“So that your hands are really clean, always use soapy water,” that was the motto chosen by those responsible for a public-private partnership program in Ghana that was developed during the years 2004-2006. So far, in Ghana, soap was used frequently, but especially for washing dishes, washing clothes and bathing Only 3% of the population washed their hands with soap, and 32% washed their hands only with water .
In Ghana, diarrhea causes 25% of the deaths of children under five and nine million episodes of illnesses could be avoided by washing hands with soap.
The campaign had a triple level of action: dissemination in the mass media, demonstration activities that showed the difference between clean and dirty hands and a territorial level program that included schools, health centers and communities.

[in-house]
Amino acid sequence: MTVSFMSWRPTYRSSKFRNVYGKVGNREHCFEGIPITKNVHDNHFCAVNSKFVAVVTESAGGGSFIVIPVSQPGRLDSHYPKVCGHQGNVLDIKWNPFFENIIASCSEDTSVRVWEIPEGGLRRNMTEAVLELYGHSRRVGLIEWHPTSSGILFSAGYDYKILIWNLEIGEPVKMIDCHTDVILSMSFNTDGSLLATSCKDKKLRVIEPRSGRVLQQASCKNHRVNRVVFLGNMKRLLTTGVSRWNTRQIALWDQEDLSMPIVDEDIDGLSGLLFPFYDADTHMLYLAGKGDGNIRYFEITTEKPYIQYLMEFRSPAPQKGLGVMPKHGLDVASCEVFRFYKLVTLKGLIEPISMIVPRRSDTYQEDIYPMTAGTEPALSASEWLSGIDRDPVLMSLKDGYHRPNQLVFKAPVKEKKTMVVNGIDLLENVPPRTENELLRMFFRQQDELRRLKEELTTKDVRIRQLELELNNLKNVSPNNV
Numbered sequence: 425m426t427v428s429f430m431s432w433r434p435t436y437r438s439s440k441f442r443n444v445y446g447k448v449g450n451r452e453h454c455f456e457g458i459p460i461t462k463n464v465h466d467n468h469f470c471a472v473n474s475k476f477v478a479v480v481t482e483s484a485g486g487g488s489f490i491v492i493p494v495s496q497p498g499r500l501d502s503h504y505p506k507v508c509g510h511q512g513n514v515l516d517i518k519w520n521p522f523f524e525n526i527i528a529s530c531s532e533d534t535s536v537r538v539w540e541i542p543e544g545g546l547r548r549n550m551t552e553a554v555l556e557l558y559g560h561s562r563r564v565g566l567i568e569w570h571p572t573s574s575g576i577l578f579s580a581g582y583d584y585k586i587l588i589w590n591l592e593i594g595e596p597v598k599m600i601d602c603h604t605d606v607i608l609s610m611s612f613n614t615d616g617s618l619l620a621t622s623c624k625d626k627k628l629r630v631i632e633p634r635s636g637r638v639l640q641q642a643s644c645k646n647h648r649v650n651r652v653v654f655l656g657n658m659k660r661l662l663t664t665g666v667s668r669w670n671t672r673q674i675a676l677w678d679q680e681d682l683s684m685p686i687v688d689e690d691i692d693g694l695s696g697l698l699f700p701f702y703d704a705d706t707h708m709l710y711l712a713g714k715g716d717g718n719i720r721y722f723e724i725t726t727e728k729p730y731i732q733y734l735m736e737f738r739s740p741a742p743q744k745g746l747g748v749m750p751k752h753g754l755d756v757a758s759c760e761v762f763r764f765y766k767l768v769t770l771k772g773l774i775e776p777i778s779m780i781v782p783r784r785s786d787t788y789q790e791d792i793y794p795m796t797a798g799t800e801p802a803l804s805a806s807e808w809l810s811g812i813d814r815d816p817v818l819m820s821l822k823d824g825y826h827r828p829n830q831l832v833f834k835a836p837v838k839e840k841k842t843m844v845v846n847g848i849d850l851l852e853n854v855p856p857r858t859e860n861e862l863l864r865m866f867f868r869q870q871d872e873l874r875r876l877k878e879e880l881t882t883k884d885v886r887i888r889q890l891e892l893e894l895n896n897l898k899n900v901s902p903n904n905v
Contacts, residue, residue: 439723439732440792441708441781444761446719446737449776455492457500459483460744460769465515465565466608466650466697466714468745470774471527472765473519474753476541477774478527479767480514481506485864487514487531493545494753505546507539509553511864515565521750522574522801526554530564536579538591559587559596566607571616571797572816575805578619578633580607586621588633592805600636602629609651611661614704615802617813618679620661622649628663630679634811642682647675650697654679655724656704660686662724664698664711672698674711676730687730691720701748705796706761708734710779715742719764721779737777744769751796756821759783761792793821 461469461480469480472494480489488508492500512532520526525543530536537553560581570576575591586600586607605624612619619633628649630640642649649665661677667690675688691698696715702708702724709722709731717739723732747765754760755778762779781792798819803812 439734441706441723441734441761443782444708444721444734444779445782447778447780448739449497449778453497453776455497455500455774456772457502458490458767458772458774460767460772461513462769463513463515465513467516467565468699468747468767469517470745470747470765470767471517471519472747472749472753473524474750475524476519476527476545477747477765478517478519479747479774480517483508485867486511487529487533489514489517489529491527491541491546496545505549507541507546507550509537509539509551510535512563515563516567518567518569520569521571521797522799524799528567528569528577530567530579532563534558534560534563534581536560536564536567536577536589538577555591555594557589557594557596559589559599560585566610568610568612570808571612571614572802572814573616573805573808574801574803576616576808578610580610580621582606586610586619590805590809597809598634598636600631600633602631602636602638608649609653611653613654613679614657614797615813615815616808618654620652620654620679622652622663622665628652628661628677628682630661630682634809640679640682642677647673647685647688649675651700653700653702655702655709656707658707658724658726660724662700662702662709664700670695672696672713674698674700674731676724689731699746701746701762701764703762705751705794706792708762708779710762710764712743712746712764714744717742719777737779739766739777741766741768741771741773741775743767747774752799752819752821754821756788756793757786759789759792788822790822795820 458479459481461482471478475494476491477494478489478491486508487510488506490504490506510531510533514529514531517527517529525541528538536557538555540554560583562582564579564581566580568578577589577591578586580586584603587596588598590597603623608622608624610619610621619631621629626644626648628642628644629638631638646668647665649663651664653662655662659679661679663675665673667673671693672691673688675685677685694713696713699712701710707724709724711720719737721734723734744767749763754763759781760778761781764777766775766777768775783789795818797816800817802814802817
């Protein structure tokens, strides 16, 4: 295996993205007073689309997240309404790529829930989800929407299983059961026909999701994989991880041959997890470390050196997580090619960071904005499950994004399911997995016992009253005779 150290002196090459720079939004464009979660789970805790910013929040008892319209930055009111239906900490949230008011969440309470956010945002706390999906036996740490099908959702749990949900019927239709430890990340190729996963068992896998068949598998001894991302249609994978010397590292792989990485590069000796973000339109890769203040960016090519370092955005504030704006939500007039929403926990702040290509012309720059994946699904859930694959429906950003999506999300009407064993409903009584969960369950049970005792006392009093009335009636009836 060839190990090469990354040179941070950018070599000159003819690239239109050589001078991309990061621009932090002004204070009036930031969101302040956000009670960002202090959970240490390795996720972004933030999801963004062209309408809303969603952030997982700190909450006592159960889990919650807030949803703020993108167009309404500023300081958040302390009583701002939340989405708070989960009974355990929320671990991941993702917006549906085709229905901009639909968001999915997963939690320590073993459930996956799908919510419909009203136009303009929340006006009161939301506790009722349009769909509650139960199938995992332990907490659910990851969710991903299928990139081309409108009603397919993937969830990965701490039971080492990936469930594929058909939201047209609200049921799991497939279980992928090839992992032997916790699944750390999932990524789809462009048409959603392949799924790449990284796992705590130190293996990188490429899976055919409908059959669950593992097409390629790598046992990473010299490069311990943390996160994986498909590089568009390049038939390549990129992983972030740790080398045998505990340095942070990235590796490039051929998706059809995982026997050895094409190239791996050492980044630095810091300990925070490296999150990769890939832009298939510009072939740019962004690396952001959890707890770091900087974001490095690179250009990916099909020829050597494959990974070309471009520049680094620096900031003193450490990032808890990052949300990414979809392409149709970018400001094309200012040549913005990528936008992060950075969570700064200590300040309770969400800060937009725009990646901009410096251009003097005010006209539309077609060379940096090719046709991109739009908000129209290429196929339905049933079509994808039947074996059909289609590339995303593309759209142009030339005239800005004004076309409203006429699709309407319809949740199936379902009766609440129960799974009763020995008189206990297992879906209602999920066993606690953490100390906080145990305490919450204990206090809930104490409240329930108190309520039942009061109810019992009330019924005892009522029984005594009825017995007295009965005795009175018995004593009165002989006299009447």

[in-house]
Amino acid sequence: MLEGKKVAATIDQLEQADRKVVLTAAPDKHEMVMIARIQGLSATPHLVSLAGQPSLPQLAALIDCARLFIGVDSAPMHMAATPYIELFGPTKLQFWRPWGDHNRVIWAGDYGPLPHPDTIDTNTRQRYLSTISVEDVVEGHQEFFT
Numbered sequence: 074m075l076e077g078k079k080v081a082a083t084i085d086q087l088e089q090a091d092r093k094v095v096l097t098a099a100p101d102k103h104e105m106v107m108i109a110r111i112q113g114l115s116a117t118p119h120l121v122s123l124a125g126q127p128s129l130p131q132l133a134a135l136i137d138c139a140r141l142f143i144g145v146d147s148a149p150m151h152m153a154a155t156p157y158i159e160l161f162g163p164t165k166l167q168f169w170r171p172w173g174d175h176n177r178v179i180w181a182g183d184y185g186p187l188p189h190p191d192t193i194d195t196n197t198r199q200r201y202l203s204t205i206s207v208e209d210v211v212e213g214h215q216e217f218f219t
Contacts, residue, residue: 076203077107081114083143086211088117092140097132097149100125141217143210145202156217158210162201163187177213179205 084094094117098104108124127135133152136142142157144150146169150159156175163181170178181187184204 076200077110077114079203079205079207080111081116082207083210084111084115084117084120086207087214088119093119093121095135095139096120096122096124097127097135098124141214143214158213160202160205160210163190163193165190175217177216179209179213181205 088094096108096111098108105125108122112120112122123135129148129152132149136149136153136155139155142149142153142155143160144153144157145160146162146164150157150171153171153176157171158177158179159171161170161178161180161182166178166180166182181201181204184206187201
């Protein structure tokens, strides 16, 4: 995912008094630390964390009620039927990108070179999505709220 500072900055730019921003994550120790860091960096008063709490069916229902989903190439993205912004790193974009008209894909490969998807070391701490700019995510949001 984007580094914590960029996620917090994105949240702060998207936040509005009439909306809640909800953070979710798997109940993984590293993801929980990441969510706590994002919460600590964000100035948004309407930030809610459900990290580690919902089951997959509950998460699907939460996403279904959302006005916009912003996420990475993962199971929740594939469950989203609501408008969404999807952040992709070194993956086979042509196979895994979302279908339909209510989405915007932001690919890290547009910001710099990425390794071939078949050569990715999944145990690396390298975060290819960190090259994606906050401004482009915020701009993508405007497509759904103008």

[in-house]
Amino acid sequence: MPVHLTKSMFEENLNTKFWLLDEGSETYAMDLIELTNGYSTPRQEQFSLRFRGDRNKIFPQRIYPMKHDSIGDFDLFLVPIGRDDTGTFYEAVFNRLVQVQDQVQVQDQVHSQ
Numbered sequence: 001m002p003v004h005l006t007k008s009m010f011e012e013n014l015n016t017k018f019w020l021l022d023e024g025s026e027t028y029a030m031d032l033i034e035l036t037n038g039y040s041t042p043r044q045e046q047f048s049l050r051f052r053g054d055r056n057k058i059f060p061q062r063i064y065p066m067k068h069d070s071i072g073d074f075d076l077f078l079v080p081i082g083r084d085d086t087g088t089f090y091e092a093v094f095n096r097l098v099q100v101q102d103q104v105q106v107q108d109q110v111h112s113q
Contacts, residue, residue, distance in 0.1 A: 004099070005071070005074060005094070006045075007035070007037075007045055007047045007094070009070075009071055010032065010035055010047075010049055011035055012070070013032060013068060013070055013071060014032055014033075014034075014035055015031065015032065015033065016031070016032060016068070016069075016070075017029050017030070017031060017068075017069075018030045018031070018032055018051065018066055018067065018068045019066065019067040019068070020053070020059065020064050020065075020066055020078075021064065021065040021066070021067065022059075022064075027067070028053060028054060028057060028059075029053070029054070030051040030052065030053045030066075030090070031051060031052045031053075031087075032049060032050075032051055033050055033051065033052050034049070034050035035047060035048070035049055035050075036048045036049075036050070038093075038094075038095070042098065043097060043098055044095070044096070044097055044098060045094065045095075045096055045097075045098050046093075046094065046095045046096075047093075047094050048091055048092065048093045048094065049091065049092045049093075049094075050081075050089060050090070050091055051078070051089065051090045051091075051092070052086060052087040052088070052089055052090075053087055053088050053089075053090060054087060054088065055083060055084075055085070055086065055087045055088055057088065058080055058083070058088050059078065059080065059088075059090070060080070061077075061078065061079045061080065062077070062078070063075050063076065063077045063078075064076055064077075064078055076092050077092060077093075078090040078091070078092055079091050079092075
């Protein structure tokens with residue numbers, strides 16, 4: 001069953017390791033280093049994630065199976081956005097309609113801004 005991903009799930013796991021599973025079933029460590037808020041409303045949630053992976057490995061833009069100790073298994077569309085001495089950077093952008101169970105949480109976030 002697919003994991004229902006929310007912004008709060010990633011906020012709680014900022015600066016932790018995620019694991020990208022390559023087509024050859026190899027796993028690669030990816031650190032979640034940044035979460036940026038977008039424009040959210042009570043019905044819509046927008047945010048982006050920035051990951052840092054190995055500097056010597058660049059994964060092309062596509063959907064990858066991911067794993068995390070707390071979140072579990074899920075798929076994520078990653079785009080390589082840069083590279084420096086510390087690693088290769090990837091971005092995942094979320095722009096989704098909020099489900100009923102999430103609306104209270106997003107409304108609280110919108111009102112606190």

The results of the campaign were really successful, six months after the start, handwashing with soap among mothers was above 80%. This handwashing program in Ghana made pollution visible to the Ghanaian public for the first time and allowed the importance of hygiene to be transmitted effectively and in response to the new communication and marketing modes prevailing.
It was important to demonstrate that public-private collaboration in these important aspects that affect health can be effective if one works with transparency and with mutual respect.